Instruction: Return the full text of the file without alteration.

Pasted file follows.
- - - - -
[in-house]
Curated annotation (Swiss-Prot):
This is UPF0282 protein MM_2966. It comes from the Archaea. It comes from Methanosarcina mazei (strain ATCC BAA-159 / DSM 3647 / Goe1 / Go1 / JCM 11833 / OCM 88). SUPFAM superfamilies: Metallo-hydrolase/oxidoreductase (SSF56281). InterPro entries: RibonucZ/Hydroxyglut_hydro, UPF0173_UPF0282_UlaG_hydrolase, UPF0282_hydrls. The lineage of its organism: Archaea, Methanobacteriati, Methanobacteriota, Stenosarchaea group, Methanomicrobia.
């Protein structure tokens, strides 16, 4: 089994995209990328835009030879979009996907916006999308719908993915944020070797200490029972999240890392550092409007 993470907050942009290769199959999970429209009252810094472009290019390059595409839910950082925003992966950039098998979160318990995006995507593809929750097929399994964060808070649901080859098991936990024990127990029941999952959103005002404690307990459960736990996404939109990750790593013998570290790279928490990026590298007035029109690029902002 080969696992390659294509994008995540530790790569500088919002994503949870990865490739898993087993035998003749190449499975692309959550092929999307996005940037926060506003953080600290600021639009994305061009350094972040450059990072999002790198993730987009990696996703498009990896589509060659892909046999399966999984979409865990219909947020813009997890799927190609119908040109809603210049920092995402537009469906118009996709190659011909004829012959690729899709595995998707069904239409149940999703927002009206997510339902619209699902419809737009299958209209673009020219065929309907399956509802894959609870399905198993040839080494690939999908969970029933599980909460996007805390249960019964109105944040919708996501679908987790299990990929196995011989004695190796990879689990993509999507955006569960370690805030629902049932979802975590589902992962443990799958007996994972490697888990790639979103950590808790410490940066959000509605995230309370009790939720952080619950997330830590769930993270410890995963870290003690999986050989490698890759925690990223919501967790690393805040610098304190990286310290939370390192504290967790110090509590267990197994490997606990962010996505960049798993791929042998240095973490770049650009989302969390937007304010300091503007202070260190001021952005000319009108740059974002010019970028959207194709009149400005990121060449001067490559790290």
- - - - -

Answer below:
[in-house]
Curated annotation (Swiss-Prot):
This is UPF0282 protein MM_2966. It comes from the Archaea. It comes from Methanosarcina mazei (strain ATCC BAA-159 / DSM 3647 / Goe1 / Go1 / JCM 11833 / OCM 88). SUPFAM superfamilies: Metallo-hydrolase/oxidoreductase (SSF56281). InterPro entries: RibonucZ/Hydroxyglut_hydro, UPF0173_UPF0282_UlaG_hydrolase, UPF0282_hydrls. The lineage of its organism: Archaea, Methanobacteriati, Methanobacteriota, Stenosarchaea group, Methanomicrobia.
């Protein structure tokens, strides 16, 4: 089994995209990328835009030879979009996907916006999308719908993915944020070797200490029972999240890392550092409007 993470907050942009290769199959999970429209009252810094472009290019390059595409839910950082925003992966950039098998979160318990995006995507593809929750097929399994964060808070649901080859098991936990024990127990029941999952959103005002404690307990459960736990996404939109990750790593013998570290790279928490990026590298007035029109690029902002 080969696992390659294509994008995540530790790569500088919002994503949870990865490739898993087993035998003749190449499975692309959550092929999307996005940037926060506003953080600290600021639009994305061009350094972040450059990072999002790198993730987009990696996703498009990896589509060659892909046999399966999984979409865990219909947020813009997890799927190609119908040109809603210049920092995402537009469906118009996709190659011909004829012959690729899709595995998707069904239409149940999703927002009206997510339902619209699902419809737009299958209209673009020219065929309907399956509802894959609870399905198993040839080494690939999908969970029933599980909460996007805390249960019964109105944040919708996501679908987790299990990929196995011989004695190796990879689990993509999507955006569960370690805030629902049932979802975590589902992962443990799958007996994972490697888990790639979103950590808790410490940066959000509605995230309370009790939720952080619950997330830590769930993270410890995963870290003690999986050989490698890759925690990223919501967790690393805040610098304190990286310290939370390192504290967790110090509590267990197994490997606990962010996505960049798993791929042998240095973490770049650009989302969390937007304010300091503007202070260190001021952005000319009108740059974002010019970028959207194709009149400005990121060449001067490559790290």